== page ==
• Carson Hathaway


Does a rich person spend time reading articles explaining how to acquire money? Do NBA players spend time watching tutorials on how to become a great basketball player? Do people in a romantic relationship scour the internet for tips on how to get a boyfriend or girlfriend? No, they don't. Do confident and competent people with a sense of direction need to consume self-help content? Again, the answer is no.

Self-help is geared towards young people who either feel unconfident, confused, stagnant, sad, or purposeless. Unless you want to stay in those low-level phases, your goal should be to reach a point where you feel you no longer need to watch videos or read articles relating to personal development. Being introduced to self-help and learning about new and productive habits are great first steps on the road to becoming the best version of yourself. However, just being very informed about anything means nothing. Implementing and applying what you've learned are the only ways to become successful.

You might feel stagnant or unfulfilled if you've been consuming self-help content for a while and feel like the information has gotten repetitive and unhelpful. Once you've gotten your foot in the door and seen enough content, the ball is in your court. Consuming people's content (including mine) about self-help isn't your permanent or even long-term solution to your struggles. You can lead a horse to water, but you can't make it drink. It's up to you to improve your life.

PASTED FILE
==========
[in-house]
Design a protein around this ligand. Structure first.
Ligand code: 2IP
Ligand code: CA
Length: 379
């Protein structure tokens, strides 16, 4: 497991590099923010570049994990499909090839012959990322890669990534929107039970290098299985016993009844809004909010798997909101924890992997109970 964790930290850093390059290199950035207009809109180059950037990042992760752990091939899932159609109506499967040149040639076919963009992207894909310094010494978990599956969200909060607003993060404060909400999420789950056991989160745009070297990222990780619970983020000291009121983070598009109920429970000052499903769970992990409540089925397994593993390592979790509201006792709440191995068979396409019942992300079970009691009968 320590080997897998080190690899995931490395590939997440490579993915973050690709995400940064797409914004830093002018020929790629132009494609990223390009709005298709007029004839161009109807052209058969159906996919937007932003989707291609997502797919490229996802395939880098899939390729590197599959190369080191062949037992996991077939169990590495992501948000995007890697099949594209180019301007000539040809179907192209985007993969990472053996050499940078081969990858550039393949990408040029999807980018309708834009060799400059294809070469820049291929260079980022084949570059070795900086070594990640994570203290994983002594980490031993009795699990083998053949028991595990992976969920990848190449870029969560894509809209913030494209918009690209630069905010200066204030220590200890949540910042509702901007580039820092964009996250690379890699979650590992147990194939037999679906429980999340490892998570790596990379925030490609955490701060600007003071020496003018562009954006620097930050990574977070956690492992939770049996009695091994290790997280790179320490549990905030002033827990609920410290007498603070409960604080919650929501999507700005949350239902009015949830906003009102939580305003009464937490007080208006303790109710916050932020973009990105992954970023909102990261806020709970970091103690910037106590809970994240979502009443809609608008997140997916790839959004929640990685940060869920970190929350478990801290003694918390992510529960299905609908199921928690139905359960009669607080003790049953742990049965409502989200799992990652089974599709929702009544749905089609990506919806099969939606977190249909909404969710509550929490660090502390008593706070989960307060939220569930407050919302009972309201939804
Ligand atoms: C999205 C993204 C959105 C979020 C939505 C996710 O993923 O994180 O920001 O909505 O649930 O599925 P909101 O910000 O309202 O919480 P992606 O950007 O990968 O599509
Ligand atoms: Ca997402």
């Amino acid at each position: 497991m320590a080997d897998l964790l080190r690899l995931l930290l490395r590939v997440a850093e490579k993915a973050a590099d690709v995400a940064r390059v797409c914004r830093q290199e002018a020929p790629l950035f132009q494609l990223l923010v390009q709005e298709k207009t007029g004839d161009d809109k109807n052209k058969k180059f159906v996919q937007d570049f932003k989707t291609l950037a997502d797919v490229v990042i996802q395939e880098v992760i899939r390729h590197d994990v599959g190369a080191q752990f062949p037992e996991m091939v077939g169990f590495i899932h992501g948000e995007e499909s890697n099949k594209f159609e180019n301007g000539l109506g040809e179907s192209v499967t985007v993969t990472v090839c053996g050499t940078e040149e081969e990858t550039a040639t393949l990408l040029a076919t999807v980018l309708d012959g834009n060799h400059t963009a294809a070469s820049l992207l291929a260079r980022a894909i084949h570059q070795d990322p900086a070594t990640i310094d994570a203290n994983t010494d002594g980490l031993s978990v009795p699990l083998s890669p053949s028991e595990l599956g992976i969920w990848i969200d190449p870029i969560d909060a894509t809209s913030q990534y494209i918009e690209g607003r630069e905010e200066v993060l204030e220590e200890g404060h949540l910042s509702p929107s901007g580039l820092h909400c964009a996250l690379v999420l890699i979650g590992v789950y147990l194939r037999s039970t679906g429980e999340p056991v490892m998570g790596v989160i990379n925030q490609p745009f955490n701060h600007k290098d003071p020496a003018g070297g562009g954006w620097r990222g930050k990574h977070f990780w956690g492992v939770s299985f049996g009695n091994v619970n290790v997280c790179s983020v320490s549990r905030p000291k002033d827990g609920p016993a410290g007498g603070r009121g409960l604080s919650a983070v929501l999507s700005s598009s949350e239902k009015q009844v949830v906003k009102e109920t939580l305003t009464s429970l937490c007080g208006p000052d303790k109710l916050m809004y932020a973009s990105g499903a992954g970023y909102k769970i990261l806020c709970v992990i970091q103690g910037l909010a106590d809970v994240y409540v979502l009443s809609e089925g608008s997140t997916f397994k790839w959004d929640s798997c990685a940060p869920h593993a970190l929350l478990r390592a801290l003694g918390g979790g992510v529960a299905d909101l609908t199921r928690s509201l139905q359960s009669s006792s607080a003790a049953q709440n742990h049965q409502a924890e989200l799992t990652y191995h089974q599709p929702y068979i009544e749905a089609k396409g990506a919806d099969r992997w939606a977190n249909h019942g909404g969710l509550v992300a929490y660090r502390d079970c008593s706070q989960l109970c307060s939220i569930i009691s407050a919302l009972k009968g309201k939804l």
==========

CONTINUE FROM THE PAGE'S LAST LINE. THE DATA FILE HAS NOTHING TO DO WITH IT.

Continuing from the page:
I'm not saying that you should never consume self-help content after a certain period of time. There's nothing wrong with taking it in it periodically for informational, entertainment, or motivational reasons. You might have a strong sense of admiration for your favorite content creator. Nothing wrong with those things. The point here is that you should eventually be able to consistently have a sense of productiveness, fulfillment, and improvement without needing external sources. When you click on your next self-help article or video, ask yourself: "Why"?

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